ICRA10 Planetary Rovers Workshop

 

2010 International Conference on Robotics and Automation

Anchorage, Alaska

Monday, May 3, 2010 (full day)

 

Abstract

 

With the ongoing success of the Mars Exploration Rovers (MER), plans for the NASA Mars Science Laboratory (MSL) and ESA ExoMars, and return to the Moon, it is clear that future planetary surface exploration will employ mobile robots. Also, the envelope of mobility is being extended to aerial mobility for Titan or Venus and subsurface access for sampling operations, initially from fixed landers such as Phoenix.

 

This full day workshop will present recent results from Mars surface operations, future surface and aerial mission designs, as well as related results from terrestrial field tests. Topics to be addressed include autonomous navigation and mobility in natural environments, autonomous manipulation for instrument placement and sample acquisition, autonomous science data processing, system design and architecture, and operations interface design and use. Core technologies include natural terrain sensing, novel mobility system designs, computation-restricted software performance, power-restricted system performance, and telemetry-restricted remote commanding. While the current target of much research is Mars and Moon exploration, discussion of application to other planetary bodies is desirable.

 

Organizer:

 

Richard Volpe

Mobility and Robotic Systems Section

Jet Propulsion Laboratory

California Institute of Technology

Pasadena, CA 91109 USA

volpe@jpl.nasa.gov

http://www-robotics.jpl.nasa.gov/

 

 

 

Motivation and Objective:

 

While planetary robotics exploration is an extremely costly endeavor, there is a relatively small part of the mainstream robotics community involved in this arena. Many reasons exist for this reality, but one of the issues is a lack of engagement with the community on the relevant issues driving the scientific objectives, or acting as obstacles to progress. Such lack of appreciation can also exist within the space robotics community itself, where different mission constraints are unique and consume all attention away from similar problems and endeavors elsewhere. For instance, solutions for Mars and Moon exploration seem very similar as robotics problems, but other realities including cost, communication distances, thermal and radiation environments, planetary motions, and target system usage, can all lead to drastically different solutions.

 

Therefore, it is highly desirable to have an unhurried, detailed, technical exchange between space robotics system developers. Such an exchange is intended not to look like simply another, invited session in a conference full of sessions. Rather the intent is to allow for much longer and more detailed presentations, with time for insightful comments and questions from others building or operating similar systems, or wanting to learn more about this field. It is for this reason a full day is requested.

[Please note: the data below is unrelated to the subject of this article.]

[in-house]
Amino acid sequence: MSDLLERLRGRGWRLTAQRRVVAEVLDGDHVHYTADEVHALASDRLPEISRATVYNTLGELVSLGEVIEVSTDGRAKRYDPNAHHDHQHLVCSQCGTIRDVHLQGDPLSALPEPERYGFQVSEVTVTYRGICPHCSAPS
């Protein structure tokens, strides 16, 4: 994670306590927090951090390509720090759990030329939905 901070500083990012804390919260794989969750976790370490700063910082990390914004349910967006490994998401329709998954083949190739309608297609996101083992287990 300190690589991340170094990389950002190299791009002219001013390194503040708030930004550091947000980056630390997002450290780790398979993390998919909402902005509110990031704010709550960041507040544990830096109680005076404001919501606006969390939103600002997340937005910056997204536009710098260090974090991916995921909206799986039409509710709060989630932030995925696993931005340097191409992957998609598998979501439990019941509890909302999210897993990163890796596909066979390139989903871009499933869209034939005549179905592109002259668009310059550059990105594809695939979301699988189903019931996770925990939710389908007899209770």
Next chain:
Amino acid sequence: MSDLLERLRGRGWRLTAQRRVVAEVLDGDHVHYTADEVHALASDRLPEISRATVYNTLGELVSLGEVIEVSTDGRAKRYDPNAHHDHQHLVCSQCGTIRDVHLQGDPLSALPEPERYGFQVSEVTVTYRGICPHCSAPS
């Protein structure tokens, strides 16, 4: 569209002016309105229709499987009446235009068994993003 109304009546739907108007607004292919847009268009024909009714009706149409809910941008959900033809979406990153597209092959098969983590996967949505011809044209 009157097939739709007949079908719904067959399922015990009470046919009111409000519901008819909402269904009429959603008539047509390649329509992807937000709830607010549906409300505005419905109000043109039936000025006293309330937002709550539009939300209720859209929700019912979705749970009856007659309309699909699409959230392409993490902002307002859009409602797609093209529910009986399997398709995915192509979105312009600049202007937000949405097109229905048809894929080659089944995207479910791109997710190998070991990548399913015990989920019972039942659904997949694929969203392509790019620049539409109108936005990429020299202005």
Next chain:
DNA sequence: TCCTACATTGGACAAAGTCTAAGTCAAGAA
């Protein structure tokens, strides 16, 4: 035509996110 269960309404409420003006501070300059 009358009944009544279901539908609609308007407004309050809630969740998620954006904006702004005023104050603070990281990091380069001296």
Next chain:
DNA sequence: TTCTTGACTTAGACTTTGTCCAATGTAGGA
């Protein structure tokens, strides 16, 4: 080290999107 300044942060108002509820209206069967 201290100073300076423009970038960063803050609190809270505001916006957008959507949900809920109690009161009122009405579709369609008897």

Also, by having some presentations by speakers from previous versions of this workshop, there is a chance to review progress or new directions, both locally to an institution or country, as well as across the field. To complement these mainstream participants, there is also a desire to have presentations on newer novel ideas, or related research that has not been represented in the past meetings.

 

 

Presentations:

 

Presenter

Org

Topic

abs

paper

talk

video

image

Richard Volpe

NASA JPL

Introduction to the Planetary Rovers Workshop

T

Jaret Matthews

NASA JPL

ATHLETE

T

16

I

Bill Bluethmann

NASA JSC

Lunar Electric Rover and Robonaut2

T

11

I

Rainer Krenn

DLR

MBS Simulations and Performance Testing of Planetary Rover Locomotion

A

T

I

Alana Sherman

MBARI

The Benthic Rover: The Other MARS Rover

A

T

2

I

Kazuya Yoshida

Tohoku Univ.

Traction Performance of Wheel and Track
for Soft-Soil Traversal

A

T

I

Cedric Pradalier

ETH Zurich

Development of highly mobile planetary rovers: from hardware optimisation to embedded software

A

T

6

I

Tim

Barfoot

Univ Toronto

Field Testing of Rover GN&C Techniques to Support a Ground-Ice Prospecting Mission to Mars

A

T

6

I

Enrica Zereik

Genoa

Rover Navigation and Visual Odometry: A New Framework for Exploration Activities

A

T

3

I

Takashi Kubota

ISAS,JAXA

Robotics Technology for Planetary Surface Exploration

A

T

I

Eddie Tunstel

APL

Gravity-Independent Locomotion: Potential approaches to robotic mobility on asteroid surfaces

A

P

T

2

I

Stephen Williams

GT

Evaluation of Visual Navigation Methods for Lunar Polar Rovers in Analogous Environments

A

T

2

I

Florian Cordes

DFKI

Heterogeneous Robotic Teams for Exploration of
Steep Crater Environments

A

P

T

6

I

Prithviraj Dasgupta

Omaha

ModRED: A Modular Self-Reconfigurable Robot For Autonomous Extra-terrestrial Exploration and Discovery

A

T

6

I

Mihail Pivtoraiko

CMU

Path Relaxation for Rover Navigation

T

I

 

 

Participants:

For a complete list of 2010 participants in this workshop, click here. For a view of the group, click here.

 

 

Relation to Previous Workshops:

 

This is the latest in a series of workshops held at IROS 1997, and ICRA 05, 07, 08.

For details, see

http://ewh.ieee.org/conf/icra/2008/workshops/PlanetaryRovers/

http://ewh.ieee.org/conf/icra/2007/workshops/SpaceRobotics/

http://ewh.ieee.org/conf/ras2005/workshops/PlanetaryRovers/index.html

http://www-2.cs.cmu.edu/~mwm/rover/iros97.html